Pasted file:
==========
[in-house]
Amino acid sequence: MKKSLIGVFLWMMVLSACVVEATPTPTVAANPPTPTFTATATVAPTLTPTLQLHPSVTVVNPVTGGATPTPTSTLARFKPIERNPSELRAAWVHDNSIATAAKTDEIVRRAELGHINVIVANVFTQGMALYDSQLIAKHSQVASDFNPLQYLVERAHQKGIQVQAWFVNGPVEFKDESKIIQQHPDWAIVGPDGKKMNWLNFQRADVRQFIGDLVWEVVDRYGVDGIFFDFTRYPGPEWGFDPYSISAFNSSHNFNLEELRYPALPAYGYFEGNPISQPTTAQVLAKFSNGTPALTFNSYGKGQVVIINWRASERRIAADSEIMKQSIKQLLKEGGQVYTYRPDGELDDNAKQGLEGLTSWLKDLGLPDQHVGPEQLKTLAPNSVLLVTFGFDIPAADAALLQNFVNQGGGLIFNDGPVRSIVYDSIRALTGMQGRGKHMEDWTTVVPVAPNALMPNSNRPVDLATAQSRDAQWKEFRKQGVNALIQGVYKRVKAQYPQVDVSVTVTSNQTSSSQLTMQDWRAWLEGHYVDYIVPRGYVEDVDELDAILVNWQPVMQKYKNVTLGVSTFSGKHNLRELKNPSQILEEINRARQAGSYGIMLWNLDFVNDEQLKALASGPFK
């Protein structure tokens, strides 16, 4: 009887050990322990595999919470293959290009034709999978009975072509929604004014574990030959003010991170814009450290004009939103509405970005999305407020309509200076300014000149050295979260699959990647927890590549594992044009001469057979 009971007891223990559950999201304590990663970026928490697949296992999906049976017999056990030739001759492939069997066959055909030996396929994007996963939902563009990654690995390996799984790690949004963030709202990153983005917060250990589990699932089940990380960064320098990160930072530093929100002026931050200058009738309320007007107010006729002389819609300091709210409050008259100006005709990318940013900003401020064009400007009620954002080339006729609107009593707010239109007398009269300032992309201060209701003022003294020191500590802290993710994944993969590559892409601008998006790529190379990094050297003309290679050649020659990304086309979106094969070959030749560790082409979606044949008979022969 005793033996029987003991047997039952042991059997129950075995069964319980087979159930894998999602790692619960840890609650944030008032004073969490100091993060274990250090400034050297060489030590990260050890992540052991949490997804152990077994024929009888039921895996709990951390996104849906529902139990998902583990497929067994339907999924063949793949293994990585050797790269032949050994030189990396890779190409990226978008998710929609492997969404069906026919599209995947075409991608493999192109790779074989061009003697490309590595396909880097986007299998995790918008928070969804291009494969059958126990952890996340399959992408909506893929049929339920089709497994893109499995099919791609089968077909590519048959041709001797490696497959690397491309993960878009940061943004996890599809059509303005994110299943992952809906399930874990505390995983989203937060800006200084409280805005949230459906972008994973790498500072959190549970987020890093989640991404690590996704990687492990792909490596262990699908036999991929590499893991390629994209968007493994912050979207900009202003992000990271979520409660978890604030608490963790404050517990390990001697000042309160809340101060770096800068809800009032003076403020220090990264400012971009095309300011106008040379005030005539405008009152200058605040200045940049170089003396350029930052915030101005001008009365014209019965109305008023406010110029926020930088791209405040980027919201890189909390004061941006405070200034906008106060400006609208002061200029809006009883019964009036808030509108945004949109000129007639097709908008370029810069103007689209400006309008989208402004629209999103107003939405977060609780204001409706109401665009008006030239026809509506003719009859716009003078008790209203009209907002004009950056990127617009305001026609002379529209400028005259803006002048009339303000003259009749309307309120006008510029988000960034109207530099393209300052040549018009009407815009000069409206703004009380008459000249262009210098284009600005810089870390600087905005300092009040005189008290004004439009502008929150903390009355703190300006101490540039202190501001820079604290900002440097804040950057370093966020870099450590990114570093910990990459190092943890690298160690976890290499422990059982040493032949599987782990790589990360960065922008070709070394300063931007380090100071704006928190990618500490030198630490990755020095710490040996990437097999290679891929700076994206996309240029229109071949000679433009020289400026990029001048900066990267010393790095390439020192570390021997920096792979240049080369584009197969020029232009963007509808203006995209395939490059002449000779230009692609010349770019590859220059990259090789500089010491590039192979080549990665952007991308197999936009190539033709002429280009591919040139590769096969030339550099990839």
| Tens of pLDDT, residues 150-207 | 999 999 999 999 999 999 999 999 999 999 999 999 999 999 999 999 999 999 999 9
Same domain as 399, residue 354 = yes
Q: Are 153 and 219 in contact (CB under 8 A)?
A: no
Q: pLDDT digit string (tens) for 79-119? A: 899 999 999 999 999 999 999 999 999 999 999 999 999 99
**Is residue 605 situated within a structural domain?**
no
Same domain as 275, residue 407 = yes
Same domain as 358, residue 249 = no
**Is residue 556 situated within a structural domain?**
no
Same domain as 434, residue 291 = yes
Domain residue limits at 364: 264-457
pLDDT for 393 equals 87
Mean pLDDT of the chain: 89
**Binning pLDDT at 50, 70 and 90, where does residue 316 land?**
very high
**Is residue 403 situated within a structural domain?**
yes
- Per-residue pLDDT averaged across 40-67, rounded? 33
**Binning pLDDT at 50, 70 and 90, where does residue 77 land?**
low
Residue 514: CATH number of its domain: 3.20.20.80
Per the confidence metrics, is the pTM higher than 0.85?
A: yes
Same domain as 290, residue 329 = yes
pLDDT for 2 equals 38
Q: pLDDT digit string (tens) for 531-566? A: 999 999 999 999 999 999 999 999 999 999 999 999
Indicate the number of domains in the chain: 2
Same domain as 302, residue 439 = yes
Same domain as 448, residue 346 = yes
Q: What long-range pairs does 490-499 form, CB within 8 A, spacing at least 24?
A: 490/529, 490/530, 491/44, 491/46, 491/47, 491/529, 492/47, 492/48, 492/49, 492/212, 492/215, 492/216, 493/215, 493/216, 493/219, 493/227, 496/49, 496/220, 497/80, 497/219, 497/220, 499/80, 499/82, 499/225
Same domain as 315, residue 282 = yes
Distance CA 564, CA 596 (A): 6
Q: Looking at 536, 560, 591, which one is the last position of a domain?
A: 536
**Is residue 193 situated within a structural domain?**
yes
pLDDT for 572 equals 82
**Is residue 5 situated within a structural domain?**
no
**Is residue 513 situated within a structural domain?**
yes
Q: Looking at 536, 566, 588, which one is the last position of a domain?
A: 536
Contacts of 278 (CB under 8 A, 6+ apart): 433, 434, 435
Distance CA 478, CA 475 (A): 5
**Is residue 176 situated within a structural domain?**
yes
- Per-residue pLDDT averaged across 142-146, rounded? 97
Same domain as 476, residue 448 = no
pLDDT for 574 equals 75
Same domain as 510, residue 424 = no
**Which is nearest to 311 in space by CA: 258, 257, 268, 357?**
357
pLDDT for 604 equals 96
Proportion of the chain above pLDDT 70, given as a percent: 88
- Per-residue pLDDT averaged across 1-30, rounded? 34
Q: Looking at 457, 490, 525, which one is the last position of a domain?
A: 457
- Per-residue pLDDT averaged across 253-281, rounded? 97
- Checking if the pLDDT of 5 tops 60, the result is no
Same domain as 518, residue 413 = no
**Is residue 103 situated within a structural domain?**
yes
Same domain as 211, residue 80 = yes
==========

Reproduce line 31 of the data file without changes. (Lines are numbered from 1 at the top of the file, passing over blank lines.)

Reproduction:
Q: pLDDT digit string (tens) for 531-566? A: 999 999 999 999 999 999 999 999 999 999 999 999